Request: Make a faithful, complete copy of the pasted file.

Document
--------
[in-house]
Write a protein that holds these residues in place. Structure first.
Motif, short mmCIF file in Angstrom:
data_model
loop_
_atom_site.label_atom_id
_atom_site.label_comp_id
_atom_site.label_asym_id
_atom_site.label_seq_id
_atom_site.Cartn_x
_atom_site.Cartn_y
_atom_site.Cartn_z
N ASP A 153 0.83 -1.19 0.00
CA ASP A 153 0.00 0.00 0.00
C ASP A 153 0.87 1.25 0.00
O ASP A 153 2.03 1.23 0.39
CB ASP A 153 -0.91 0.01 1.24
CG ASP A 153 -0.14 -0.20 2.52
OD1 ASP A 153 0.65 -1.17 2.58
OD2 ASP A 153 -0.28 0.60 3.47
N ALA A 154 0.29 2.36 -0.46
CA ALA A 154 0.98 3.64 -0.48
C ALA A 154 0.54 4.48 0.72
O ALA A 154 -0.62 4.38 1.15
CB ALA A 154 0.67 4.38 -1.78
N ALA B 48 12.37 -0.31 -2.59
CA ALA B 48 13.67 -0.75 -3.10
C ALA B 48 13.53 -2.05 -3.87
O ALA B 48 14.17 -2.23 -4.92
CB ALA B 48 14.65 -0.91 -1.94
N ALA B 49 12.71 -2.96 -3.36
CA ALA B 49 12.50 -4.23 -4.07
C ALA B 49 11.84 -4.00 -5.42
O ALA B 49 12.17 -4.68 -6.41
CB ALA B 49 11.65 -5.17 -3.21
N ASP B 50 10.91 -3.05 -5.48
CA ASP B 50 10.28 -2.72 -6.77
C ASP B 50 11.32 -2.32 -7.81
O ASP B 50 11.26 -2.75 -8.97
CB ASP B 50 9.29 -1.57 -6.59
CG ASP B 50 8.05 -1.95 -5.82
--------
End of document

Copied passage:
[in-house]
Write a protein that holds these residues in place. Structure first.
Motif, short mmCIF file in Angstrom:
data_model
loop_
_atom_site.label_atom_id
_atom_site.label_comp_id
_atom_site.label_asym_id
_atom_site.label_seq_id
_atom_site.Cartn_x
_atom_site.Cartn_y
_atom_site.Cartn_z
N ASP A 153 0.83 -1.19 0.00
CA ASP A 153 0.00 0.00 0.00
C ASP A 153 0.87 1.25 0.00
O ASP A 153 2.03 1.23 0.39
CB ASP A 153 -0.91 0.01 1.24
CG ASP A 153 -0.14 -0.20 2.52
OD1 ASP A 153 0.65 -1.17 2.58
OD2 ASP A 153 -0.28 0.60 3.47
N ALA A 154 0.29 2.36 -0.46
CA ALA A 154 0.98 3.64 -0.48
C ALA A 154 0.54 4.48 0.72
O ALA A 154 -0.62 4.38 1.15
CB ALA A 154 0.67 4.38 -1.78
N ALA B 48 12.37 -0.31 -2.59
CA ALA B 48 13.67 -0.75 -3.10
C ALA B 48 13.53 -2.05 -3.87
O ALA B 48 14.17 -2.23 -4.92
CB ALA B 48 14.65 -0.91 -1.94
N ALA B 49 12.71 -2.96 -3.36
CA ALA B 49 12.50 -4.23 -4.07
C ALA B 49 11.84 -4.00 -5.42
O ALA B 49 12.17 -4.68 -6.41
CB ALA B 49 11.65 -5.17 -3.21
N ASP B 50 10.91 -3.05 -5.48
CA ASP B 50 10.28 -2.72 -6.77
C ASP B 50 11.32 -2.32 -7.81
O ASP B 50 11.26 -2.75 -8.97
CB ASP B 50 9.29 -1.57 -6.59
CG ASP B 50 8.05 -1.95 -5.82